At his first presidential news conference two years ago, Ronald Reagan scandalized some centers of fashionable opinion by suggesting that national moralities matter, and that the Soviet Union's is not to be found in the Boy Scout Handbook.

It happened again last week when the president repeated the message before the National Association of Evangelicals. He extolled the Judeo-Christian roots of political freedom, and unabashedly proclaimed their superiority, as he sees it, to the secularist values of Soviet doctrine.

The reaction suggests that Reagan is taking too seriously Theodore Roosevelt's notion that the presidency is a "bully pulpit." Please, Mr. President, not that kind of pulpit!

If I understand them, the president's critics lodge two somewhat contradictory objections. One is that since the evangelical Christians are presumed to be a Reagan constituency, the president was merely juicing them up for political purposes.

The other is that surely no contemporary president can really believe--can he?--that the East-West confrontation is some sort of Armageddon in which we battle for the Lord and they--the Soviets--for the hosts of Darkness. Not, protest the critics, in this "multi-polar" world where few issues, from nuclear weapons to commodity prices, have a clear theological dimension.

Both interpretations, one imputing cynicism and the other imputing a bumptious naivet,e, cannot be on the mark. Neither may be. What if Reagan really believes what he said in Orlando, and believes it needs saying? Now, that would be something, wouldn't it?

One problem is that the press reports such speeches in snippets, stressing provocative passages. It is true that the president complacently cited a recent survey that "concluded that Americans were far more religious than the peoples of other nations." Religious fervor capable of being elicited by surveys is likely to be the fervor of the self-satisfied Pharisee.

But the president was not, as some of his critics seem to gather, dividing the world simplemindedly between light and darkness. "Our nation, too," he said, "has a legacy of evil with which it must deal," including the legacy of human slavery and racial discrimination.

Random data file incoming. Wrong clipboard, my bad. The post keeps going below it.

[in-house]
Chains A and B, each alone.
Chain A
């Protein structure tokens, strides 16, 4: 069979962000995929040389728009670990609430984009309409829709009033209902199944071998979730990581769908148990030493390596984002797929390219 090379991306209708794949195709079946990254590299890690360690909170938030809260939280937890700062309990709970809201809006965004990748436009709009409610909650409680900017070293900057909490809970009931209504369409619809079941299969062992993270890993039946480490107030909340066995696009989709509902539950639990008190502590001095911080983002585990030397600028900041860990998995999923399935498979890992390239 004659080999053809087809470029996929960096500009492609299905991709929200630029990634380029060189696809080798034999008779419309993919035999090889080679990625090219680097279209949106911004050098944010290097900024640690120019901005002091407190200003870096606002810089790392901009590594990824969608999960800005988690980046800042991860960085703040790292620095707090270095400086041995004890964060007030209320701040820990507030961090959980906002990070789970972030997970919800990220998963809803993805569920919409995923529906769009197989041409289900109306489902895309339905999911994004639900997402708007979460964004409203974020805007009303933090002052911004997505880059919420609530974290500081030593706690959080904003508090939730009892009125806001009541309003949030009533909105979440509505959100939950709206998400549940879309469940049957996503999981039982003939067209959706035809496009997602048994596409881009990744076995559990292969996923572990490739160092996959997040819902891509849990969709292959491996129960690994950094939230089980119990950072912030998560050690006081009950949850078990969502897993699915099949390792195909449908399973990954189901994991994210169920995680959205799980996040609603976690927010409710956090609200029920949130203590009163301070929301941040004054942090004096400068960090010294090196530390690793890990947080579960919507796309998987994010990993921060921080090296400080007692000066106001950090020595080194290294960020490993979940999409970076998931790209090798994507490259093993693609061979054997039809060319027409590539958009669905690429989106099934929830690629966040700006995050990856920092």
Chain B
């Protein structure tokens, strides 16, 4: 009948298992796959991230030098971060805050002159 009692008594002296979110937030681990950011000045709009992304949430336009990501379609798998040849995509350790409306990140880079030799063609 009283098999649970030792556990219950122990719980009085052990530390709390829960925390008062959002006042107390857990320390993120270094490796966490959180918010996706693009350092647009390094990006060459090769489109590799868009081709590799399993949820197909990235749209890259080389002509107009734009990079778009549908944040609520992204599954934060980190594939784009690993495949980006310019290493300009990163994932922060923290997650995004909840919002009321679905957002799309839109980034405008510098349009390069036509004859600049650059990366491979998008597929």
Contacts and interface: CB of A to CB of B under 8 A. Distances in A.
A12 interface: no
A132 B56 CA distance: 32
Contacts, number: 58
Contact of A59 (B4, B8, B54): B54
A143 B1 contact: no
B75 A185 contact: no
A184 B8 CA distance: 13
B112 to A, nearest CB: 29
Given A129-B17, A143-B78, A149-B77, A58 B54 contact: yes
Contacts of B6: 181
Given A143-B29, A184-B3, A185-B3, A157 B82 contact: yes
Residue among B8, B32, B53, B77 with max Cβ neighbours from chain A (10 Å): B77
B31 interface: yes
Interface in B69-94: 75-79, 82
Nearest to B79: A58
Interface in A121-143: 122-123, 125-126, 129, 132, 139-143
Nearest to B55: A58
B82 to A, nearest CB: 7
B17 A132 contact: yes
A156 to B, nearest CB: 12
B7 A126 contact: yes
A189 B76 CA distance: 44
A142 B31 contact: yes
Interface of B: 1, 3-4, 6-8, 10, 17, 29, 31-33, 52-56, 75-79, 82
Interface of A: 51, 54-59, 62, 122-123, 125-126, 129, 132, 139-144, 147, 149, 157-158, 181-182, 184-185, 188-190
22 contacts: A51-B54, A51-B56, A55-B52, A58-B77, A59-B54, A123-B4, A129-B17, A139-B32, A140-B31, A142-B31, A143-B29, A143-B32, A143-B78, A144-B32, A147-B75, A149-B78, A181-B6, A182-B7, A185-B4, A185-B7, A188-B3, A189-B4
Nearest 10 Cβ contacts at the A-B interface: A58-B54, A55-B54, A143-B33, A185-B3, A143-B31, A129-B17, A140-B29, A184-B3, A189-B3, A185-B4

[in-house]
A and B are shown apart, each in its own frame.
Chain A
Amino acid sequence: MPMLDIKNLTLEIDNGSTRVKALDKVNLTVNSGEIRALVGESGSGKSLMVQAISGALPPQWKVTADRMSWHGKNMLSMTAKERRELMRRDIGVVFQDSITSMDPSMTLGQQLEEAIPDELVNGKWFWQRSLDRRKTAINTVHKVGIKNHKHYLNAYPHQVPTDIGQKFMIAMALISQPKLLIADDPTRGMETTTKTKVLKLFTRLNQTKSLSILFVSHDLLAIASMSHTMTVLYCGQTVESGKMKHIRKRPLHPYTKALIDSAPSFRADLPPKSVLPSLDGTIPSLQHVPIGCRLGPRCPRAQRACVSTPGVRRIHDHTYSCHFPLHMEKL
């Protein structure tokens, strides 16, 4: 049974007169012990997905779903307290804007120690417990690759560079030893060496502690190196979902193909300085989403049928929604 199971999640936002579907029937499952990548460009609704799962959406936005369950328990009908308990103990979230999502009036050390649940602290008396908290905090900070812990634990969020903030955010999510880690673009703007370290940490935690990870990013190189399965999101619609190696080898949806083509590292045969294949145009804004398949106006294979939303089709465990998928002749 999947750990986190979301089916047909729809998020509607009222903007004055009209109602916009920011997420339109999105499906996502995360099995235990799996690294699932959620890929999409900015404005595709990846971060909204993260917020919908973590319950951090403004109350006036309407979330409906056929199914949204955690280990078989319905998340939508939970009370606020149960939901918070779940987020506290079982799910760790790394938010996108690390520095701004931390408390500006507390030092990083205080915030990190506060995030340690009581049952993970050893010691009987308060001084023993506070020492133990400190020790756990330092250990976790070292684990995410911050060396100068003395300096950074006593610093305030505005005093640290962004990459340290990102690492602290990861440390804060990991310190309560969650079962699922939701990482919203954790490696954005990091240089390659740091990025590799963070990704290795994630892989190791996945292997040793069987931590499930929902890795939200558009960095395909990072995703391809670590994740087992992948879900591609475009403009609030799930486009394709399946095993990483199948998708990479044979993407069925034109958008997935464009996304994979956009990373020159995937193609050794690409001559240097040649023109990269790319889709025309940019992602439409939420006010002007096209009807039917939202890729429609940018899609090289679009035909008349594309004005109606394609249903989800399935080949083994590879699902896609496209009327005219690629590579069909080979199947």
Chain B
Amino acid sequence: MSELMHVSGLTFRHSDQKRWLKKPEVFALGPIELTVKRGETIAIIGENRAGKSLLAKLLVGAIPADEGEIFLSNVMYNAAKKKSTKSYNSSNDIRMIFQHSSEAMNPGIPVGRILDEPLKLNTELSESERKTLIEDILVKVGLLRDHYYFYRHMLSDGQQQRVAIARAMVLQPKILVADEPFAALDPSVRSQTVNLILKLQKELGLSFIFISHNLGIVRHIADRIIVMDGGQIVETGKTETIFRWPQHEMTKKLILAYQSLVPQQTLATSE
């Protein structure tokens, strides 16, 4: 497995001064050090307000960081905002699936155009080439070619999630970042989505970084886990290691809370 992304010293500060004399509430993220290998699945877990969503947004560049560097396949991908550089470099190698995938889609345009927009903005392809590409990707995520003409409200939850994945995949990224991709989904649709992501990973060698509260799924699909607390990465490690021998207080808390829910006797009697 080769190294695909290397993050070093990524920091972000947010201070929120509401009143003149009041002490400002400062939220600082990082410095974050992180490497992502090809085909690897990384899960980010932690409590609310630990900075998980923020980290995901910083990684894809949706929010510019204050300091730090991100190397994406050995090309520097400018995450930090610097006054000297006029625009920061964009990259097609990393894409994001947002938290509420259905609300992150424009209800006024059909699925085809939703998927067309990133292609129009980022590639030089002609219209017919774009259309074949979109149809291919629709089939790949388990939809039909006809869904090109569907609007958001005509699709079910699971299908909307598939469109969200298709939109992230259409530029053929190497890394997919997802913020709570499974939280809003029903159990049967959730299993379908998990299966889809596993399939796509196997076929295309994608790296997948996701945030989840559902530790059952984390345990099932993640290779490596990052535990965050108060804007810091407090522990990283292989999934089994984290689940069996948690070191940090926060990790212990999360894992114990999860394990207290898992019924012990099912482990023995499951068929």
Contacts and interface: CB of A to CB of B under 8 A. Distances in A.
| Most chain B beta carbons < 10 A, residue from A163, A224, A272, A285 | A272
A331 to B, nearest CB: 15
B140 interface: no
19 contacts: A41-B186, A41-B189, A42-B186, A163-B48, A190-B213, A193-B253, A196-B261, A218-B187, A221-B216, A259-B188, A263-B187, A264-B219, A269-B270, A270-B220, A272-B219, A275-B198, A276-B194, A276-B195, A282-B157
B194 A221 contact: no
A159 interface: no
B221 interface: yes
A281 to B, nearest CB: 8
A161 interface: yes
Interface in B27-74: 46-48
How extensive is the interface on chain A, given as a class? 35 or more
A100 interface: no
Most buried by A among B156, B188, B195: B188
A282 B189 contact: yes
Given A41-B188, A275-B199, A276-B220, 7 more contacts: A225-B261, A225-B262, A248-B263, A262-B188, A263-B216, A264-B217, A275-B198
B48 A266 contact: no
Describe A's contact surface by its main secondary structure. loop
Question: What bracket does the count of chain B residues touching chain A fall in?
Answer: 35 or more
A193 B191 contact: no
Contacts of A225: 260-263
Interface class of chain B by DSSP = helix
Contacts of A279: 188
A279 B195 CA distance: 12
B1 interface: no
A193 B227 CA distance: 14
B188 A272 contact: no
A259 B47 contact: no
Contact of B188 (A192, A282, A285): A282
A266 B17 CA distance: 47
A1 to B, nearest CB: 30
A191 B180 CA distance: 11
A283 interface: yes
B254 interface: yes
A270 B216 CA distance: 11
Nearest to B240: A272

Even with these largely unnoticed qualifications, the Orlando speech was high on provocative rhetoric, which makes sense if you regard the world as a provocative place just now. My own notion is that without occasional reference to fundamental values, the great and scary conflicts of our time may come to seem mere perversities.

That is assuredly the case with the arms race, over which so much indignation is expended, even by professing secularists. If there were nothing more than prosaic national interests at stake --petty quarrels over borders and the like--the scale and seriousness of the rivalry with the Soviet Union would make little sense indeed.

It becomes intelligible only if one understands that two sharply different views of human nature animate it: the view of man as a creature of God, meriting the dignity of that image on one side; the view of man as a manipulable slave of the state, "history," or the "class struggle," on the other.

It was not mere whim that drove Lenin to say harsh things against religion ("a kind of spiritual gin . . . unutterable vileness"). The view that man is not the ultimate reality is a great impediment to just such demonic human will as he exercised.

For most purposes, these issues may safely be left to the pope and the bishops, who are not suspected of national self-interest. No state or system perfectly embodies the doctrines it professes, Judeo-Christian or Marxist- Leninist. But doctrines do differ, and the differences matter.

The president, as leader of the coalition of free nations, can hardly afford to be silent because his beliefs happen to scandalize tired secular sensibilities in his own camp. Why give unchallenged access to the world's attention to the Soviet Union's tireless crusade against the values that underlie the institutions of freedom?

In the end, the president's critics seem to propose a unilateral disarmament by silence. It may be as dangerous in the field of doctrine as of armaments.